Can You Really Outgrow Seafood Allergies?
Food allergies are often considered allergies that may be outgrown. However, the likelihood of outgrowing a food allergy depends in large part to both the severity of the allergy and the specific food that causes the allergy. Allergies to milk, egg, wheat and soy, for instance, are the common food allergies that are often outgrown by the time children reach their late teens. Indeed, between 60 and 80 percent of children who are allergic to milk or eggs are able to ingest these foods without any adverse reactions by the age of 16.
Seafood allergies, though, are not on this list of food allergies that are commonly outgrown. A recent study supports the notion that seafood allergies are not often overcome. The research, published in the Journal of Allergy and Clinical Immunology: In Practice, tracked children and adults with seafood allergies for up to six years. The patients included 63 people – 37 of whom were allergic to non-shellfish fish, 25 of whom were allergic to shellfish, and one of whom was allergic to both.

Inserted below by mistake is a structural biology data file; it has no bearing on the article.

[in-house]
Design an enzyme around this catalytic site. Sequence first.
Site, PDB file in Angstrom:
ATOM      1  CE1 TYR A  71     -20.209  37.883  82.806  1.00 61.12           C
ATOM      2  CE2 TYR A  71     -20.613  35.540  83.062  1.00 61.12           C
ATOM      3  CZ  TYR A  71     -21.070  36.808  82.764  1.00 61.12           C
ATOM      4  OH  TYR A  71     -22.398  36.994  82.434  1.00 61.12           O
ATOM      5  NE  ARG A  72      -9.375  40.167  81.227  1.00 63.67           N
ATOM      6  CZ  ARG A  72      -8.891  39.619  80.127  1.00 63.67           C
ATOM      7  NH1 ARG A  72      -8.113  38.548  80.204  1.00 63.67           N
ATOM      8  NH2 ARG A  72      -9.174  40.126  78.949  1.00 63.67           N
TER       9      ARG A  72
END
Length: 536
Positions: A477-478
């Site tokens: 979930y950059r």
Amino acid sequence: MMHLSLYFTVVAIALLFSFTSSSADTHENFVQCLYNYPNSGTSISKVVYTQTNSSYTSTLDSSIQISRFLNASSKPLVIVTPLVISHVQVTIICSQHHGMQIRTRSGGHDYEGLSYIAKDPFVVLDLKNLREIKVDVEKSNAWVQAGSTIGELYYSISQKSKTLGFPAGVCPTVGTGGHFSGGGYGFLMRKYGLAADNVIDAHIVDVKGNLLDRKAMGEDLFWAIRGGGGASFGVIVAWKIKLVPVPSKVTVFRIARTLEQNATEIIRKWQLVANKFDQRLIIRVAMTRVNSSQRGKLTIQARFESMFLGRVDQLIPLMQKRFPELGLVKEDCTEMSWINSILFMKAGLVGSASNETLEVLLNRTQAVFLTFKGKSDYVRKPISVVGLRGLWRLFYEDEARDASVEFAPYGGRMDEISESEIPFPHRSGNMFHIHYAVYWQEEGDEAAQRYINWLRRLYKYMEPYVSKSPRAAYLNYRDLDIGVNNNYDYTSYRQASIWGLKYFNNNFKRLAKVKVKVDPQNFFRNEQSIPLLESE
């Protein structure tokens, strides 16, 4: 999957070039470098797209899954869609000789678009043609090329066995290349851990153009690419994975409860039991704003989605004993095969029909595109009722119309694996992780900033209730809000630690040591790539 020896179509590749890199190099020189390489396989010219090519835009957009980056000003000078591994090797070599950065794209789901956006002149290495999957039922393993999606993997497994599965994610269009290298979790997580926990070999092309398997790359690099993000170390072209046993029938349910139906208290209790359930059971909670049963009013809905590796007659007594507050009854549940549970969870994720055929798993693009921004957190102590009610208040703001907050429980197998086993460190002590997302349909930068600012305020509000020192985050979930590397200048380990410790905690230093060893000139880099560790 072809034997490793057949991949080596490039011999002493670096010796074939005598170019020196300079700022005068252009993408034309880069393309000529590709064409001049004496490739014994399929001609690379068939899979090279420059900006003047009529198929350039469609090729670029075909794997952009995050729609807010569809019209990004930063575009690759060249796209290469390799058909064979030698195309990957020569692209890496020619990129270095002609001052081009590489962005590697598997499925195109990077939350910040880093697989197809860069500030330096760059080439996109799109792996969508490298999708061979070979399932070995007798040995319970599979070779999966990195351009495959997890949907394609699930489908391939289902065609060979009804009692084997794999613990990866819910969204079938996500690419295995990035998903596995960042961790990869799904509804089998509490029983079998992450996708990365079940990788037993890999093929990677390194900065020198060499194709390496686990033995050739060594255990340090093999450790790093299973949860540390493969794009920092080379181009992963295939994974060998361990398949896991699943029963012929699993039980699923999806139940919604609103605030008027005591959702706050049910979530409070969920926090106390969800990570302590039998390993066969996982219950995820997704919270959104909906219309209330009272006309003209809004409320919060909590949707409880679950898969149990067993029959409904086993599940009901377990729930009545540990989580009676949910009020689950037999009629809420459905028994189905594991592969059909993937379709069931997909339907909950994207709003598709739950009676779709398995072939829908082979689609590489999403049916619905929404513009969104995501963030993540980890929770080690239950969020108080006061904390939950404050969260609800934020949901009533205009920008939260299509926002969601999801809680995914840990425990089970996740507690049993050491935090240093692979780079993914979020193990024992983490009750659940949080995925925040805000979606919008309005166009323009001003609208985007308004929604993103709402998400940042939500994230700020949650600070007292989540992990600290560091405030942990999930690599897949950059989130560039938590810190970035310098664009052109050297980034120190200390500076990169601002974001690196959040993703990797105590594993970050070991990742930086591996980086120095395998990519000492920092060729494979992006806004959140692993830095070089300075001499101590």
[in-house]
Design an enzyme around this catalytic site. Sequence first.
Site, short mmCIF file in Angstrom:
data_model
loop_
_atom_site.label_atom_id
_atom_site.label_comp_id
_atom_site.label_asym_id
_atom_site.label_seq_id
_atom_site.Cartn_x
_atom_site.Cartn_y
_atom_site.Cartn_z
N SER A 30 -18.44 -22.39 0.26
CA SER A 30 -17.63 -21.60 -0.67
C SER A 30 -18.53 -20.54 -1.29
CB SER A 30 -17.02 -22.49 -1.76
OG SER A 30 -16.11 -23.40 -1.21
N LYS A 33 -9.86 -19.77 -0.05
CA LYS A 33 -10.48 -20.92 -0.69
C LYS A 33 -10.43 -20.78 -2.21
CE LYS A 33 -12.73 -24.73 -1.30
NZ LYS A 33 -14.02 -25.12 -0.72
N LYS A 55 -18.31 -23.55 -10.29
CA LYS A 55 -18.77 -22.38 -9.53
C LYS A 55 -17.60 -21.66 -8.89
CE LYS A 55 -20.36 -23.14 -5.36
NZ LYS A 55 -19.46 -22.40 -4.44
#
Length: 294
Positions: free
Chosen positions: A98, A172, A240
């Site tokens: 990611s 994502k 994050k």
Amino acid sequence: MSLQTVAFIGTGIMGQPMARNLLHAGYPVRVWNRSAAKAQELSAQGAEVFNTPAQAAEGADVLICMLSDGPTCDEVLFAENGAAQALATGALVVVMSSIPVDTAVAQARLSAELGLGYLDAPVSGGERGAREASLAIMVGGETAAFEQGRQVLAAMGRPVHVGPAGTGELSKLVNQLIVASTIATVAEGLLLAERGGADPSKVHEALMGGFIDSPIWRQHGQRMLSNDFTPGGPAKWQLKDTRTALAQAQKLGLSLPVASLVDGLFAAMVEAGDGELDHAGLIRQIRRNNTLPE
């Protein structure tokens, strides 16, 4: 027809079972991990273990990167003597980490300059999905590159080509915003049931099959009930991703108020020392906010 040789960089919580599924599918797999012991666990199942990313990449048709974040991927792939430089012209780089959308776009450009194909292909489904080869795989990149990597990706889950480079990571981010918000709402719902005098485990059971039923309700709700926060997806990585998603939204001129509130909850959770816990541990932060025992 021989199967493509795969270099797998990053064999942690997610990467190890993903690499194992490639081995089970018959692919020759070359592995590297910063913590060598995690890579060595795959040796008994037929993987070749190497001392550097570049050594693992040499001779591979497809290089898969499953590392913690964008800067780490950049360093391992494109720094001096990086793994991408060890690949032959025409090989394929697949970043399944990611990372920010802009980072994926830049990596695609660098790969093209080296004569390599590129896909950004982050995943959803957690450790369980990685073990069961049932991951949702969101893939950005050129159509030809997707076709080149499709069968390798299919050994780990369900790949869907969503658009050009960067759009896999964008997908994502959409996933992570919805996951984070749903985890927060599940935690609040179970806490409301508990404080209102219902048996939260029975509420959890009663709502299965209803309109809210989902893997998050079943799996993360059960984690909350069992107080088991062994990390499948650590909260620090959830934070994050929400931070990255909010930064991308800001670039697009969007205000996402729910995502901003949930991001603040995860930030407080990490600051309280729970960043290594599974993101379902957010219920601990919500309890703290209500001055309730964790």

Among those allergic to non-shellfish fish, the most common allergen was salmon. Approximately 18 percent of those with non-shellfish fish allergies were allergic to salmon – or almost one in five people. The most common shellfish allergy was shrimp, to which about half of those with shellfish allergies were allergic.
The results showed that less than one percent of those with seafood allergies experienced resolution of their allergies during each year of follow up. According to the researchers, non-shellfish fish and shellfish allergies account for most life-threatening allergic reactions to food, which involve anaphylaxis. It is, therefore, important for patients to understand their allergies and what to expect in terms of how their allergic reactions may evolve.
Given that this study was conducted on a relatively small sample and over just a six-year period, it is possible that future research will find more promising results for outgrowing seafood allergies over a more extended period of time. In the meantime, other research will continue to focus on ways that seafood and other food allergies can be prevented, treated and overcome.